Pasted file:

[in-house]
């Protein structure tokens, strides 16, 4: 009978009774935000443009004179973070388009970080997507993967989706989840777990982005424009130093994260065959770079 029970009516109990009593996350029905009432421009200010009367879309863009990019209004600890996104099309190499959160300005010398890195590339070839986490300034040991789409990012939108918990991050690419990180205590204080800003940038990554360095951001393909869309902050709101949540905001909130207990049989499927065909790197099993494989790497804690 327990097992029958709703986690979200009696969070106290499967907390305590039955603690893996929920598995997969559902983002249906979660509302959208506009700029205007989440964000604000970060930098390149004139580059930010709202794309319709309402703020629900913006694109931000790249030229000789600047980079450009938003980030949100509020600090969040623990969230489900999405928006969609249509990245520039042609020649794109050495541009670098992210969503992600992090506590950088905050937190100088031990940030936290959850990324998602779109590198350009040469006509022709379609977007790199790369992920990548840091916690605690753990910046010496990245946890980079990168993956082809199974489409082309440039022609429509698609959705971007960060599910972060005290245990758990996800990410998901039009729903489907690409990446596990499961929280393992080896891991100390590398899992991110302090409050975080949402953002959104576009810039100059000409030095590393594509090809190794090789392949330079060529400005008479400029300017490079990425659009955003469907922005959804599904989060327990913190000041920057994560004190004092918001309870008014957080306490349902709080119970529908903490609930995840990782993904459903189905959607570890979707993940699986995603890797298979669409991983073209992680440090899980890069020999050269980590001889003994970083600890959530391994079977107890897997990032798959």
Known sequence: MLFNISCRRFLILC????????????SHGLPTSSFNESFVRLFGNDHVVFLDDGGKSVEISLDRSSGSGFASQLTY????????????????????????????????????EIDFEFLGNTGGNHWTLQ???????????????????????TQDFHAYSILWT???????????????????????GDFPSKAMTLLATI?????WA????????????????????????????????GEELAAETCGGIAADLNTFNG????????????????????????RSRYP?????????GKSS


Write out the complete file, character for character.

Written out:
[in-house]
């Protein structure tokens, strides 16, 4: 009978009774935000443009004179973070388009970080997507993967989706989840777990982005424009130093994260065959770079 029970009516109990009593996350029905009432421009200010009367879309863009990019209004600890996104099309190499959160300005010398890195590339070839986490300034040991789409990012939108918990991050690419990180205590204080800003940038990554360095951001393909869309902050709101949540905001909130207990049989499927065909790197099993494989790497804690 327990097992029958709703986690979200009696969070106290499967907390305590039955603690893996929920598995997969559902983002249906979660509302959208506009700029205007989440964000604000970060930098390149004139580059930010709202794309319709309402703020629900913006694109931000790249030229000789600047980079450009938003980030949100509020600090969040623990969230489900999405928006969609249509990245520039042609020649794109050495541009670098992210969503992600992090506590950088905050937190100088031990940030936290959850990324998602779109590198350009040469006509022709379609977007790199790369992920990548840091916690605690753990910046010496990245946890980079990168993956082809199974489409082309440039022609429509698609959705971007960060599910972060005290245990758990996800990410998901039009729903489907690409990446596990499961929280393992080896891991100390590398899992991110302090409050975080949402953002959104576009810039100059000409030095590393594509090809190794090789392949330079060529400005008479400029300017490079990425659009955003469907922005959804599904989060327990913190000041920057994560004190004092918001309870008014957080306490349902709080119970529908903490609930995840990782993904459903189905959607570890979707993940699986995603890797298979669409991983073209992680440090899980890069020999050269980590001889003994970083600890959530391994079977107890897997990032798959």
Known sequence: MLFNISCRRFLILC????????????SHGLPTSSFNESFVRLFGNDHVVFLDDGGKSVEISLDRSSGSGFASQLTY????????????????????????????????????EIDFEFLGNTGGNHWTLQ???????????????????????TQDFHAYSILWT???????????????????????GDFPSKAMTLLATI?????WA????????????????????????????????GEELAAETCGGIAADLNTFNG????????????????????????RSRYP?????????GKSS